The Sodom and Gomorrah story is retold in great detail. The actual sin of Sodom is never mentioned in the tale itself but readers are able to gleam from other Bible passages that the sin was not homosexuality; it was the refusal to help strangers. For one of the experts consulted in the film, the real sin of the story is when Lot offers his two virgin daughters to be gang-raped by the men of Sodom who gather outside his home. This same theologian provides the film's funniest moment when she recounts the end of the story - about how Lot's two daughters got their father drunk and then had incestuous sex with him while he was passed out so that they could become pregnant - and then says "And that story is used to condemn homosexuality???"

It is these scholarly moments that stood out the most for me. This is a pretty good primer on the subject but, truth be told, it barely scratches the surface. For starters, Fish Out Of Water is only an hour long and it feels very rushed - like a Reader's Digest Condensed Book with much of the nuance removed. I have no doubt that many people will learn much from this film but this reviewer has a few issues with the way that the material is presented.

A good part of the film, especially its autobiographical interludes and Biblical stories, is animated. These crude cartoon sequences might make the film more accessible to some viewers but the cutesy tone irritates after awhile. The animation makes the Bible passages look even sillier than they are - this was probably the director's intention and I have no problem with that. This approach provides a good giggle now and then, but it also impacts the ability to take the film seriously as academia. The more traditional sequences utilize talking heads, news footage and clips from those old hysteria-inducing instructional films (think "Duck and Cover") that once were used to brainwashed schoolchildren.
Fish Out Of Water preaches to the choir but, in an effort to at least appear impartial, the director includes interview footage with two dissenters to represent the other side. One of them is the Reverend Fred Phelps of the Westboro Baptist Church (as he takes a few minutes off from picketing funerals). Phelps - who I have always thought was separated at birth from the evil preacher in the Poltergeist movies - uses such colorful metaphors as "Hellbound beasts" to describe the LGBT community. I'd like to point out that Phelps reveals himself to be anti-Semitic as well as homophobic when he says "I don't know how you got that way you dirty lowdown sneaking criminal Jew but you better stop it if you want to get to Heaven." When juxtaposed against the more scholarly talking heads, no one with a brain could possibly take this man seriously. He comes across as a bigoted buffoon, and can almost be considered the film's comic relief.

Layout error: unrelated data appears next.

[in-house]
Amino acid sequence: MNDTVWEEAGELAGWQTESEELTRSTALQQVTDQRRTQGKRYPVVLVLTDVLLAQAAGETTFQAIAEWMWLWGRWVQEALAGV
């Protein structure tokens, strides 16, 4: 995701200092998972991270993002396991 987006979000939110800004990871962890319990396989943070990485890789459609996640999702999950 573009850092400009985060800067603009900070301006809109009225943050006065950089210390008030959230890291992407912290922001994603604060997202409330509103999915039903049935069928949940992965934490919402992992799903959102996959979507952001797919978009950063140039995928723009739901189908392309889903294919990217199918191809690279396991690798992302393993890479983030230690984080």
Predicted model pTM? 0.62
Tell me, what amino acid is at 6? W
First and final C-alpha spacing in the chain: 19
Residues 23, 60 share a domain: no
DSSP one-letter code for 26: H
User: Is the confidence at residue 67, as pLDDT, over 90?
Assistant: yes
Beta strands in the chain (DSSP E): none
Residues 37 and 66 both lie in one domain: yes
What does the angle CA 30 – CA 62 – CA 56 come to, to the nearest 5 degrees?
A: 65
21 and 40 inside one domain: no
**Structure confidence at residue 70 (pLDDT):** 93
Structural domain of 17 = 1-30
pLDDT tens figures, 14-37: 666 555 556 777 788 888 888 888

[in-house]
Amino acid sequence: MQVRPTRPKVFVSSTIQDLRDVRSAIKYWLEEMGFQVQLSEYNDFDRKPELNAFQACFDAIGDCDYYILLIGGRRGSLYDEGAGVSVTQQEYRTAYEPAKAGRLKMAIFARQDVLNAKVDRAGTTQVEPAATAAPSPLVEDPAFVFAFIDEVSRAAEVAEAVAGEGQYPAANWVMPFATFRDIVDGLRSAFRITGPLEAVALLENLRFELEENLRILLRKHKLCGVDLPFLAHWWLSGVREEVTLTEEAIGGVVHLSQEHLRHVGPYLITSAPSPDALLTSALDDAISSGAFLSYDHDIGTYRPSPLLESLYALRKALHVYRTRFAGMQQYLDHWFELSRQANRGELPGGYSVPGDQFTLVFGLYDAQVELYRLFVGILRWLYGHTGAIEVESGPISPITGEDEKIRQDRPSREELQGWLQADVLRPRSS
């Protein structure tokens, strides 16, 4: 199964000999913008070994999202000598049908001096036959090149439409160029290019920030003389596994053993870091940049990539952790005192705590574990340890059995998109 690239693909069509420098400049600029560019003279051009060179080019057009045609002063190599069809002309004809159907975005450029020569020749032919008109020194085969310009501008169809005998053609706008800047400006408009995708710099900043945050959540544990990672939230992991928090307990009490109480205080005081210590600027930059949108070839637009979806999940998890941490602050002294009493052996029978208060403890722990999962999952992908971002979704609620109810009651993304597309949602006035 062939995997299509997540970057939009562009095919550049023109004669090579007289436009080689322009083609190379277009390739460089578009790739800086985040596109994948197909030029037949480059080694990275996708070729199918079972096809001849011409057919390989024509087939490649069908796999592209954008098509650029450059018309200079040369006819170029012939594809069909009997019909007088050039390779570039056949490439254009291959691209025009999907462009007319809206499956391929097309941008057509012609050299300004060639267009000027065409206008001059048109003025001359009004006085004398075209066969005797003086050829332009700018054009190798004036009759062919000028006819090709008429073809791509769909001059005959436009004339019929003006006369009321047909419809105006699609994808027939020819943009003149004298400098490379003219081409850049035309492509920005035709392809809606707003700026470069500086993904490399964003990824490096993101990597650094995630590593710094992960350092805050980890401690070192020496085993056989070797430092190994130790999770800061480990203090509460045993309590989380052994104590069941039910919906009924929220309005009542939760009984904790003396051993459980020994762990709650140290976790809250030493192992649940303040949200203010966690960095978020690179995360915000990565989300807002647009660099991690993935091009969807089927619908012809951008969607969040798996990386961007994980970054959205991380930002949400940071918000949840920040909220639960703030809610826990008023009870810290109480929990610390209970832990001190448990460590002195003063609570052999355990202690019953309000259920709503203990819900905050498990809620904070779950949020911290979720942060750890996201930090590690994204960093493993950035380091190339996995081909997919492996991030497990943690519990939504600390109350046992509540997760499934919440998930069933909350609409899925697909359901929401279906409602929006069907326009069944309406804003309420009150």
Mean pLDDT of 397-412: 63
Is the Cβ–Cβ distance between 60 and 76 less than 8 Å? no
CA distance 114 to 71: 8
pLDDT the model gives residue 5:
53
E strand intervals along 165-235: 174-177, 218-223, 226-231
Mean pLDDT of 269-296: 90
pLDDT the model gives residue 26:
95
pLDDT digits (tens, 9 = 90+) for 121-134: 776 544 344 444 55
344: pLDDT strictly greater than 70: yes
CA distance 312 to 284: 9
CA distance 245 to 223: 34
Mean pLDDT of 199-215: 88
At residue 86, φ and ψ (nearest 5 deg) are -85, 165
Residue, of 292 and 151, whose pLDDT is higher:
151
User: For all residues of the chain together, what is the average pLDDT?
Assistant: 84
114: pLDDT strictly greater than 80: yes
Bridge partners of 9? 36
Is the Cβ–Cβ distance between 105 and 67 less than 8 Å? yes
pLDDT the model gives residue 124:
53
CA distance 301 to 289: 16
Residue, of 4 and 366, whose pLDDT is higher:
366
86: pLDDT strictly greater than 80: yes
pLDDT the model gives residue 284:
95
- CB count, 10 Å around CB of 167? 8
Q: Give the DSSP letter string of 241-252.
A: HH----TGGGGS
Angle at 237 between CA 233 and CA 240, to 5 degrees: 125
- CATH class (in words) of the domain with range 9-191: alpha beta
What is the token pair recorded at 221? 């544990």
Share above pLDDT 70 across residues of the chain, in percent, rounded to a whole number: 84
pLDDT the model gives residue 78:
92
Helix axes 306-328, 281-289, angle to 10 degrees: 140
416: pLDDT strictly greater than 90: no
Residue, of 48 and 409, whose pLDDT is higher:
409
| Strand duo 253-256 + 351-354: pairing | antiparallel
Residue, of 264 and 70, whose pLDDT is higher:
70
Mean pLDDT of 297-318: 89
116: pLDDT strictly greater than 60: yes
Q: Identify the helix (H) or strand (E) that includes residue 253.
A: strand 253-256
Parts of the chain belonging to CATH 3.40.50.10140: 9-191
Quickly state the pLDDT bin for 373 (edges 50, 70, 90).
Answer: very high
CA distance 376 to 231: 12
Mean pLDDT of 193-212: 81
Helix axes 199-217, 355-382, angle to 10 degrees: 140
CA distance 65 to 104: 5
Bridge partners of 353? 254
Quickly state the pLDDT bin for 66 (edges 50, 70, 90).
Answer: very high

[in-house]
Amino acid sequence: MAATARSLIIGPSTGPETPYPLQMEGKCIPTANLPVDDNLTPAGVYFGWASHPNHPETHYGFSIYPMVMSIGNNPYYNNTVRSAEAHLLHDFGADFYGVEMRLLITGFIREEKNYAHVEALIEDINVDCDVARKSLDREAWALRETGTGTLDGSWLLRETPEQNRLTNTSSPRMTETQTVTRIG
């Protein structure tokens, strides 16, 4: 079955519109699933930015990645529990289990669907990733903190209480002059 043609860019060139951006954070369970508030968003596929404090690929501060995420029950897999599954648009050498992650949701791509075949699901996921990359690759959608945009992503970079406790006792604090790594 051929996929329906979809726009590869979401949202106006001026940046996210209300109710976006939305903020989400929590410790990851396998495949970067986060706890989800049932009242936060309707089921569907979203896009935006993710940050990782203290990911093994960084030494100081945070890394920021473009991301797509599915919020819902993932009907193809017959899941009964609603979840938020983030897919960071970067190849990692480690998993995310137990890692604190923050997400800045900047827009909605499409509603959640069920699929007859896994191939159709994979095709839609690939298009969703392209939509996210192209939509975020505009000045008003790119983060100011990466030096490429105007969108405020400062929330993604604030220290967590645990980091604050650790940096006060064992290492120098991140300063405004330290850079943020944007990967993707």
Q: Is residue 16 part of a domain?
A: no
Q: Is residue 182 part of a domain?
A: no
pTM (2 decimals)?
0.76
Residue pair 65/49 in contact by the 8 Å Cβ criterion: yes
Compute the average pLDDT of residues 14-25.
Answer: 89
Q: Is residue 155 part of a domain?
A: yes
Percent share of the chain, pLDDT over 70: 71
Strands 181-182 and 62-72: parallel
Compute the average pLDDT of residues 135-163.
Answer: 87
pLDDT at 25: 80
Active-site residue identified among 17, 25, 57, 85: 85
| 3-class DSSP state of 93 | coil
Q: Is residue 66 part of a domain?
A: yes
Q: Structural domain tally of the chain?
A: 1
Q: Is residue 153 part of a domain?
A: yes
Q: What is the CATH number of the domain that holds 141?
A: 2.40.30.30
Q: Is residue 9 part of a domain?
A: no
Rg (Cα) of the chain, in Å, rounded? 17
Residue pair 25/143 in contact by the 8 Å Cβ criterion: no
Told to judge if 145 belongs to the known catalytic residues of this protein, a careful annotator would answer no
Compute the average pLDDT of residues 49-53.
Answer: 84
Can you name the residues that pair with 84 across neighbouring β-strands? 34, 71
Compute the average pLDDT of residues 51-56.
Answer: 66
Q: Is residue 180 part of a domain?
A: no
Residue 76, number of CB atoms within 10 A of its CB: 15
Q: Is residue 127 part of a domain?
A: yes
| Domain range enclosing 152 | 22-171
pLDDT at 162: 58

The many experts employed by the film all emphasize that Saint Paul, who wrote a good chunk of the New Testament, never conceived of loving and nurturing relationships between two men or two women (but would have been very familiar with issues of the day like "temple prostitution.") His teachings have to be read in the context of their time; Paul also disapproved of women being ministers. As far as Jesus' teachings go, he never spoke out against homosexuality. He was always on the side of the marginalized; Jesus went around restoring people to the community and many modern church leaders are throwing people out of the community instead. Many of those interviewed explain that some pastors are so concerned with unity, and keeping the flock together, that they will remain silent about the moral issues of our times, such as the war in Iraq or gay marriage. Some pastors have been silenced for their pro-gay views while others received death threats. Others courageously take a stand and so there are many uplifting glimpses of gay weddings scattered throughout the film.

Fish Out Of Water is an obvious labor of love. I would have liked its tone to be a bit more serious but its light touch might actually help it find more of an audience. I have my quibbles, but its message is an important one. If Fish Out Of Water helps even one parent leap beyond selective church teachings to accept his or her gay child, or one legislator stop voting against gay rights, then the film has achieved its purpose.


See also:
For The Bible Tells Me So
Sole Journey